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South Florida Association of Law Libraries


August 1999

A Quarterly publication of the South Florida Association of Law Librarians.
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President's MessageQuill

Denise Gibson
St. Thomas University

  Before I begin this column, I would like to thank Mary Barmmer for the grace and dignity with which she led SFALL this past year, and I look forward to consulting with her as we forge ahead into the new millenium. I know I can also count on our new Board members as well as from you, the membership, for your talents and contributions during the upcoming year.

  Having just returned from AALL's Annual Meeting in D.C., I am still "cooling off" here in South Florida (hard to believe) from the sweltering heat up there! I picked up a few good ideas from attending the Chapter Leadership Training sessions which we can discuss at future business meetings. It was very interesting to note how large many of the other AALL Chapters are in comparison to us, but how SFALL has managed to keep up with the "big guys" for all these years. Kudos to our past and current members for keeping SFALL alive and well.

  Handouts of AALL Chapter websites (at least for those Chapters who have created them, and which were up-to-date) from around the country were distributed to the attendees, and we have every reason to be proud of the great job Alfred Holmes did for SFALL's web pages! Other chapters favorably commented on our new "sunshine" logo, as well as on the design and look of our site. Thanks to Linda Datko for submitting the By-Laws, Lisa Smith-Butler for submitting the newsletters, and to all those who have sent Alfred updated membership information, and internet sites. Let's keep up the enthusiasm for developing this very important web site, and assist Alfred in every possible way in keeping it current and stocked with worthwhile information.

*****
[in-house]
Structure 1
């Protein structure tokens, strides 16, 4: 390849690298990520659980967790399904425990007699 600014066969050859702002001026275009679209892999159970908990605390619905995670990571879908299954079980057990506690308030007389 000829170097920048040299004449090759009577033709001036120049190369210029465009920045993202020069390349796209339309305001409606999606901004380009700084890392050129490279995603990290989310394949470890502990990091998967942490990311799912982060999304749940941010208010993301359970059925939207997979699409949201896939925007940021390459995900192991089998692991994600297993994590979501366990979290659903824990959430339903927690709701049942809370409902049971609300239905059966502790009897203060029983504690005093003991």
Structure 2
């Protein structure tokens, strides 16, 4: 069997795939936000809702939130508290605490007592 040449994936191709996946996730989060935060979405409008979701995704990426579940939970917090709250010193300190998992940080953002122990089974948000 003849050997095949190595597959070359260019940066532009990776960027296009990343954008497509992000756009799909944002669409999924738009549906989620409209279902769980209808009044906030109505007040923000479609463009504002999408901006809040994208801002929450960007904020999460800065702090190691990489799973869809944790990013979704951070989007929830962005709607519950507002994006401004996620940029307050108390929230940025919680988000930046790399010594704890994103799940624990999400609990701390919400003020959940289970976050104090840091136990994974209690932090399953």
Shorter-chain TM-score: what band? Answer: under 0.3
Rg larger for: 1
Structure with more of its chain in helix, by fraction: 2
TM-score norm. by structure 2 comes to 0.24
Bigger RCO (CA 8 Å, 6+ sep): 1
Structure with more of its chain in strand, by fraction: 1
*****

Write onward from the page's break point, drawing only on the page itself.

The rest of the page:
We are also encouraging members to join our newly created Chapter Listserv. It is very simple to register and will only take a few minutes of your time. This listserv will provide a means to quickly communicate with each other about our ideas, concerns, and upcoming events (including the Holiday Dinner), so please join now!

Subscribe to the sfall listserv